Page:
The reliability test circuit described above can be used for evaluating MOS AC reliability effects of a device under test. The frequency and duty cycle of the AC drive signal can be altered to evaluate AC NBTI and AC positive feedback mechanisms in PMOS degradation. The slew rate of the AC drive signal can also be altered to evaluate the effect of rise and fall times on PMOS and NMOS AC hot carrier injection mechanisms. Variation of the slew rate affects the time that the device is under hot carrier injection stress. Thus by varying the slew rate, the circuit can eliminate the HCI effect from NBTI at Vin=0. The NBT-induced hot carrier effect can be eliminated from Vin=VDD/2 to Vin=VDD.
  • [0067]
    Since the circuit elements that create and modify the AC drive signal are fabricated on the same integrated circuit as the device under test, the measurement setup provides a clean, accurate test signal. Most parametric attributes for the degradation of the device under test during AC stress, such as Vth and Idsat, must be measured under DC conditions. Therefore, the device under test is physical or electrically switched from the AC stress condition to the DC measurement condition. Electrical switching is acceptable if the MOS leakage of the pass gates is acceptable. Otherwise, physical switching should be used if low leakage paths are required.
  • [0068]
    In addition, the device under test is stressed in a manner that is typical for inverter circuits. The device under test is hooked up in the form of an inverter, but is then separated from the inverter for DC measurement. Under AC conditions, for an NMOS device under test, the PMOS pull-up transistors are stacked. For a PMOS device under test, the NMOS pull-down transistors are stacked. As described previously, stacked devices have a maximum Vout=VDD/2. Therefore, HCI effects are greatly reduced, although PMOS NBTI effects are still present in the uppermost PMOS device, closest to VDD, where Vg=VDD.
  • [0069]
    The NBT-induced hot carrier affect has certain signatures. It occurs in thick oxide devices built with halo implants. Thick oxide is greater than 30 angstroms, and thin oxide is less than 30 angstroms, for example. Thin oxides are described as oxides that are thin enough for direct tunneling of carriers through the gate oxide, which prevents charge trapping. Thus, the reliability circuit described above can be implemented with various devices under test, which are built from different device types. These types can include PMOS thick oxide with halo implants, PMOS devices with thick oxide and no halo implants, and PMOS devices with thin oxide and halo implants. For definitive proof that a PMOS device is responsible for NBT-induced hot carrier effects, that NMOS devices are unaffected by AC signals, and to establish or eliminate the effect of frequency, the reliability test structure should be repeated for ring oscillators of various frequencies and repeated again for NMOS devices. To complete an array of reliability test structures, standard, separately pinned-out devices under test can be used to complement and debug the operation and analysis of the AC reliability circuits.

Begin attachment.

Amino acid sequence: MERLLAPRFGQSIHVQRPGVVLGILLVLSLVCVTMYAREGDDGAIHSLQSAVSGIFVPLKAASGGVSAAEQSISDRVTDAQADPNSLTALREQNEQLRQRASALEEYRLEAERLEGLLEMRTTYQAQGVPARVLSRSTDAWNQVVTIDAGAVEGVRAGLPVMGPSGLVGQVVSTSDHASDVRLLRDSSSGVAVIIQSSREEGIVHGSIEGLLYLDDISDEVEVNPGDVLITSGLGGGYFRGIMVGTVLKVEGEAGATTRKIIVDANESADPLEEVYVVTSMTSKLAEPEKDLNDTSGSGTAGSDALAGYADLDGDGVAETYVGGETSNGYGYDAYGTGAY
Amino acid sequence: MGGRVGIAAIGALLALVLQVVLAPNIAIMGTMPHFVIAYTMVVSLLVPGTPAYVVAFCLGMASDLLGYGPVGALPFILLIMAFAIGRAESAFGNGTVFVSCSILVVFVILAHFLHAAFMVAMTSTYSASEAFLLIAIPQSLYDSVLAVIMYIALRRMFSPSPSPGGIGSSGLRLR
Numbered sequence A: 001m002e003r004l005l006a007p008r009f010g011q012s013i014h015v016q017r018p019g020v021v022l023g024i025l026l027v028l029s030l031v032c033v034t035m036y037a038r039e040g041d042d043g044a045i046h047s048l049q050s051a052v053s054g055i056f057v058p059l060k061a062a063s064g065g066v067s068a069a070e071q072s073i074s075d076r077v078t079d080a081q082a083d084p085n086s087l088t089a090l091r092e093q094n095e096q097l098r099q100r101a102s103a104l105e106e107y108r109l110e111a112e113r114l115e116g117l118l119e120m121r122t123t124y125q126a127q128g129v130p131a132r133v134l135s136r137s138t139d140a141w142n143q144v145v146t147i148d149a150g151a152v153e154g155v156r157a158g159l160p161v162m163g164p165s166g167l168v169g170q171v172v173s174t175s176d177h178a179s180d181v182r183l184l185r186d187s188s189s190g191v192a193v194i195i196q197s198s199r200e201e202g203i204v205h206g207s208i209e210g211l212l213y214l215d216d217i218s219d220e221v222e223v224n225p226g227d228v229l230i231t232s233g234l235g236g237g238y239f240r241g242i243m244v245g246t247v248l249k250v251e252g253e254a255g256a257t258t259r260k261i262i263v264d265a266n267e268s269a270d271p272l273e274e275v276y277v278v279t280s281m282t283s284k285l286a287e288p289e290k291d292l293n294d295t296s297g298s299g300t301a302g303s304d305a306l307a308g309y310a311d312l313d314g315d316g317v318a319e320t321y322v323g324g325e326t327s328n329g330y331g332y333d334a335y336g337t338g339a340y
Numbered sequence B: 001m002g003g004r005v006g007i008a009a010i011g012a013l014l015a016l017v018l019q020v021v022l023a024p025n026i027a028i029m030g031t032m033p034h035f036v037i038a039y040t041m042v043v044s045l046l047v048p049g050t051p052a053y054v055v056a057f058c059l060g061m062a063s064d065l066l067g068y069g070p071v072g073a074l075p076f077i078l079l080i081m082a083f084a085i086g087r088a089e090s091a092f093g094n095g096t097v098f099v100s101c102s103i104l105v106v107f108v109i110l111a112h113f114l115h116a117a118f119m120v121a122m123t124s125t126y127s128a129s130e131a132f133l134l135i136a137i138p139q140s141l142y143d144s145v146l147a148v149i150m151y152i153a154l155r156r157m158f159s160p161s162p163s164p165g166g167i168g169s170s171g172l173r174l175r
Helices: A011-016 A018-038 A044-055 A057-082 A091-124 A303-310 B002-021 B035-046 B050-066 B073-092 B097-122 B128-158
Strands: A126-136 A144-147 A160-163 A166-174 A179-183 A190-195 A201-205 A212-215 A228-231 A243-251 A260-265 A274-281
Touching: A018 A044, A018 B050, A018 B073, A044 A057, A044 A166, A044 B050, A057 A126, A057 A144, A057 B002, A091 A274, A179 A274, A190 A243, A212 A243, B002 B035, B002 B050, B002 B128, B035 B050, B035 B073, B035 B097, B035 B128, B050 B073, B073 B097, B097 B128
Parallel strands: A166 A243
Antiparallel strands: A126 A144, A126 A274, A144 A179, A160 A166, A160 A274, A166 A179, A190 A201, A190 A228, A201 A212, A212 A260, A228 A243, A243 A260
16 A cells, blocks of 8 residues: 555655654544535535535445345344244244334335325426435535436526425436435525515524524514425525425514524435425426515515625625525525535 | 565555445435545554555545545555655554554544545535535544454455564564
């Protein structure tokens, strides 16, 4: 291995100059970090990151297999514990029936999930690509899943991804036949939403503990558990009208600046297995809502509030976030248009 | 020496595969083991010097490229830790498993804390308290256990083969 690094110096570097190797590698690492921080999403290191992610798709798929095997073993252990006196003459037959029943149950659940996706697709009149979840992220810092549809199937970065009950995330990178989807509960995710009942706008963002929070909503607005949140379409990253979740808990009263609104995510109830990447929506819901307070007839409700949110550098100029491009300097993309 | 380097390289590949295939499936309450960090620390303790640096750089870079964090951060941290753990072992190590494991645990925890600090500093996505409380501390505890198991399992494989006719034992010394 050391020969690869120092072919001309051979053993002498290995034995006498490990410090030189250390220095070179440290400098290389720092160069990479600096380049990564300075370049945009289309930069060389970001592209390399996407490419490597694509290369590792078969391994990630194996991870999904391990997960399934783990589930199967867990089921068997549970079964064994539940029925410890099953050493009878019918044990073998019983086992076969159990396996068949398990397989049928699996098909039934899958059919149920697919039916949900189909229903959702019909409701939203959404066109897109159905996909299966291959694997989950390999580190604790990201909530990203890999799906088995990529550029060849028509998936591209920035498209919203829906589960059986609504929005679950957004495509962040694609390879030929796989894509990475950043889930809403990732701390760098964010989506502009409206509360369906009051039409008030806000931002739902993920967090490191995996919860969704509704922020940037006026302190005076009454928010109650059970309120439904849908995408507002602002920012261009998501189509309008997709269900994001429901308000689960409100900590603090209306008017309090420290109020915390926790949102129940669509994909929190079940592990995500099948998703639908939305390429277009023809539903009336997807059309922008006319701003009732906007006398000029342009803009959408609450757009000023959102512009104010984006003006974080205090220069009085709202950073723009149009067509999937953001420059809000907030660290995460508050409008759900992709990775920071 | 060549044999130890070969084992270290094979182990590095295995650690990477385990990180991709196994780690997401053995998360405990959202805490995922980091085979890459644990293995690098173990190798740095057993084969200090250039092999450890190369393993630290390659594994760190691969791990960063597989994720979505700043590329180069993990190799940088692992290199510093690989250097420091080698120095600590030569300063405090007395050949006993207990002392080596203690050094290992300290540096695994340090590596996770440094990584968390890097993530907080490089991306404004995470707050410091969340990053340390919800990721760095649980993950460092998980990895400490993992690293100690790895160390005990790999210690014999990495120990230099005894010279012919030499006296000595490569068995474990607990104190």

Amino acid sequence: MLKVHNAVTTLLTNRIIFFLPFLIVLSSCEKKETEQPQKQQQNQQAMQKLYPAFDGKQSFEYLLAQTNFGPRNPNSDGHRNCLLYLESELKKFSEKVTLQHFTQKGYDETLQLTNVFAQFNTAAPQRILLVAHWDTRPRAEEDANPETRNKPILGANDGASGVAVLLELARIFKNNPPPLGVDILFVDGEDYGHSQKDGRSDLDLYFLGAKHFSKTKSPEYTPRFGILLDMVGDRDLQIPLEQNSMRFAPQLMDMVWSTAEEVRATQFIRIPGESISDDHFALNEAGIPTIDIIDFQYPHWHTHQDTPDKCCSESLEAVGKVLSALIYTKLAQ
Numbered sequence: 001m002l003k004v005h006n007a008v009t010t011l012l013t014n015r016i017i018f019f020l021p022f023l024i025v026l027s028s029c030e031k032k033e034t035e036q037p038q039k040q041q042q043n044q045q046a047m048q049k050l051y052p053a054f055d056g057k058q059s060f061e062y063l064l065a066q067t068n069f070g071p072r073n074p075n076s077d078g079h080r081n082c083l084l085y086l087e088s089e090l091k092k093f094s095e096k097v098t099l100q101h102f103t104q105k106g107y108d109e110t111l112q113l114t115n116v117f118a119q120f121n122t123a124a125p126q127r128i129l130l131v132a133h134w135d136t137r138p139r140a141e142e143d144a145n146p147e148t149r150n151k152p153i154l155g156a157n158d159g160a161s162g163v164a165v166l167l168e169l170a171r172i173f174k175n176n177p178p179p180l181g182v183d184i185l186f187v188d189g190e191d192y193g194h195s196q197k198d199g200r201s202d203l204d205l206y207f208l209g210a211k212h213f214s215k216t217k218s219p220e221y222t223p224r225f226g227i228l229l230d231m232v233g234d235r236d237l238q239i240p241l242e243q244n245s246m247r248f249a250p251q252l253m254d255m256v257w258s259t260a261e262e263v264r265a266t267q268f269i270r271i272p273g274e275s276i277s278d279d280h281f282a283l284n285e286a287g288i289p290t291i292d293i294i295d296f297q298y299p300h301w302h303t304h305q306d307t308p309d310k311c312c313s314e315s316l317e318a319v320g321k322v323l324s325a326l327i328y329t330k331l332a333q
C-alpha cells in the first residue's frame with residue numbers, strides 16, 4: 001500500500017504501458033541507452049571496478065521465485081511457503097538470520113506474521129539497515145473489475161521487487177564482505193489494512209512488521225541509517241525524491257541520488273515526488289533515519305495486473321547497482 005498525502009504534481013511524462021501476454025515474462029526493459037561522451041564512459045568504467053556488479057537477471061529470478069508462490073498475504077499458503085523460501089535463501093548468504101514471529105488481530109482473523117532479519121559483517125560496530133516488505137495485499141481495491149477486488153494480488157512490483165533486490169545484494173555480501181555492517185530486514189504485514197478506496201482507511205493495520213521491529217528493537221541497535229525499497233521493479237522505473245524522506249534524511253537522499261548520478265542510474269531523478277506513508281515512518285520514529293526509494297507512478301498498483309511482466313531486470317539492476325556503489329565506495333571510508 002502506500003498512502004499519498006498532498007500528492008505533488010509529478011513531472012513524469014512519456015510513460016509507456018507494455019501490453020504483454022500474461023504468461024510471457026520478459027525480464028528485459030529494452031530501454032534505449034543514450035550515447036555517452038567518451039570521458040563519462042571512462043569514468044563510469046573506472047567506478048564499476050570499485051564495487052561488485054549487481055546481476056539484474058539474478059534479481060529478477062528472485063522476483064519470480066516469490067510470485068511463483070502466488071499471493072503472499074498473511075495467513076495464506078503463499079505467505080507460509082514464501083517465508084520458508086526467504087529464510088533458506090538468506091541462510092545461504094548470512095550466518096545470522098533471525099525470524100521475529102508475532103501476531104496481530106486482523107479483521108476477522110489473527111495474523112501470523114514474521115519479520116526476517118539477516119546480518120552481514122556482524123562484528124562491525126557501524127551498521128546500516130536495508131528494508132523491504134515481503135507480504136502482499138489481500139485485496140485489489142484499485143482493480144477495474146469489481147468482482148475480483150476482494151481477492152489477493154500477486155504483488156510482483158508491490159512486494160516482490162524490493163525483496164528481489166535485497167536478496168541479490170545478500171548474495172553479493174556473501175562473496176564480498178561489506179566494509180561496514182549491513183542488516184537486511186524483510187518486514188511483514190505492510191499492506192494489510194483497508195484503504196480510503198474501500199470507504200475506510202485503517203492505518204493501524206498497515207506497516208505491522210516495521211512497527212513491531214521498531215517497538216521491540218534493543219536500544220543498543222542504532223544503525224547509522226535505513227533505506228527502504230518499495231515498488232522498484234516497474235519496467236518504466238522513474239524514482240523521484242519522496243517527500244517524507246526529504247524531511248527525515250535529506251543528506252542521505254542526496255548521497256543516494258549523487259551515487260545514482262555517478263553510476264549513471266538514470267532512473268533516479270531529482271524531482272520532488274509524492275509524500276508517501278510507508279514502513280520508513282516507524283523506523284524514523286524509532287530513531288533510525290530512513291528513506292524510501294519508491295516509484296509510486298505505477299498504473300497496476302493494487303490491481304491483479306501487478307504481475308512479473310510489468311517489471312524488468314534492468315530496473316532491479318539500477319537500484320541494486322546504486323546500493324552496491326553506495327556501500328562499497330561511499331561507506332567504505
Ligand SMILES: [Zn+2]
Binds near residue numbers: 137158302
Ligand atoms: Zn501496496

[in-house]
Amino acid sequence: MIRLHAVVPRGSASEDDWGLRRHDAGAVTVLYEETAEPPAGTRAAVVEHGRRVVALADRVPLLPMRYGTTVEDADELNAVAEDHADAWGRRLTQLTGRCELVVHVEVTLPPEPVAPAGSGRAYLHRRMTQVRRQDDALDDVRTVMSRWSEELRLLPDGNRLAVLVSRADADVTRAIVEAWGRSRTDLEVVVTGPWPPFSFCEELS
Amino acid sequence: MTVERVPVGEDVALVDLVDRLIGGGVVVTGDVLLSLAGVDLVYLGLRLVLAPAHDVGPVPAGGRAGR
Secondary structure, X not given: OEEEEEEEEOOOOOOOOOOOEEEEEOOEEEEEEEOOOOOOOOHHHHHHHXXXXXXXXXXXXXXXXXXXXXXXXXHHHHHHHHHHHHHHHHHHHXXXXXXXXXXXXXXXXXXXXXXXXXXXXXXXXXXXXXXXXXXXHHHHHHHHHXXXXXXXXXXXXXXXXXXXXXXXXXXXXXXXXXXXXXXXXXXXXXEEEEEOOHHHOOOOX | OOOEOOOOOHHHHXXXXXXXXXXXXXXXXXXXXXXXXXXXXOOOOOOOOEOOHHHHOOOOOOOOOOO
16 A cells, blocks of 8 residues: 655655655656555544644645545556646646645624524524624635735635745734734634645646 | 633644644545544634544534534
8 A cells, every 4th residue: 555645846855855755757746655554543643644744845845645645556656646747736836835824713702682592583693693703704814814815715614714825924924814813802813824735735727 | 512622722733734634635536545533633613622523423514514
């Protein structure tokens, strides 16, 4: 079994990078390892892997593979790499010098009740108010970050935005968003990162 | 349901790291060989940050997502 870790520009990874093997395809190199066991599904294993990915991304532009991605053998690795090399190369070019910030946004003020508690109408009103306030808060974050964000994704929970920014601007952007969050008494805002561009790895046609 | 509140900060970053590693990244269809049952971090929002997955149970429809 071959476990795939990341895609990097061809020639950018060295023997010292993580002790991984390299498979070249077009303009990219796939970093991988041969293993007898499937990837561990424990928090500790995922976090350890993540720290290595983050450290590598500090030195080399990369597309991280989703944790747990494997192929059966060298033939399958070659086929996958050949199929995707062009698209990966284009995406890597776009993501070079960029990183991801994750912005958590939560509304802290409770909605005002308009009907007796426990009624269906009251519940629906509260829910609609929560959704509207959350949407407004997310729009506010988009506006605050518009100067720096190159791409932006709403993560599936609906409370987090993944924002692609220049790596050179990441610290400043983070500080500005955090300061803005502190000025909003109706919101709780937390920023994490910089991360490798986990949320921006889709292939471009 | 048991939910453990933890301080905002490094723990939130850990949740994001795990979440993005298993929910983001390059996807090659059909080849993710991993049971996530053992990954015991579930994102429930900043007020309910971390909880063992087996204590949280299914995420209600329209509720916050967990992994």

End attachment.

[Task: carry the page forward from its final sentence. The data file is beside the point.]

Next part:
• [0070]
    The structure that creates the AC drive signal also might degrade because of similar mechanisms that degrade device under test. Therefore, the integrity, frequency and level applied by the AC drive signal can be measured over time. As shown in FIGS. 2 and 3, the AC drive signal is tapped at various locations along the AC drive signal path and passed through divide circuits 50-53 and buffered so that the AC drive signal can be measured conveniently and cleanly at much lower frequencies. Again, the transistors that form the various elements of each divide circuit can be stacked similar to those shown in FIGS. 5 and 6. Any suitable divide circuit can be used.
  • [0071]
    Although the present invention has been described with reference to preferred embodiments, workers skilled in the art will recognize that changes may be made in form and detail without departing from the spirit and scope of the invention. For example, the reliability circuit can be used to test MOS devices and other device types fabricated with a variety of different semiconductor technologies. Although the terms, “gate”, “drain” and “source” are used in the specification and claims, which are common terms for MOS devices, these terms are intended also to refer to similar terms of other types of transistor devices.
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Referenced by
Citing PatentFiling datePublication dateApplicantTitle
US7193469 *May 6, 2005Mar 20, 2007Texas Instruments IncorporatedSystem and method for testing gate oxide of an amplifier
US8310259 *Nov 13, 2012International Business Machines CorporationSilicon carrier space transformer and temporary chip attach burn-in vehicle for high density connections
US20060250188 *May 6, 2005Nov 9, 2006Texas Instruments IncorporatedSystem and method for testing gate oxide of an amplifier
Classifications
U.S. Classification324/762.09
International ClassificationG01R31/26
Cooperative ClassificationH01L22/34, G01R31/2856, G01R31/2642, H01L2924/0002
European ClassificationG01R31/26E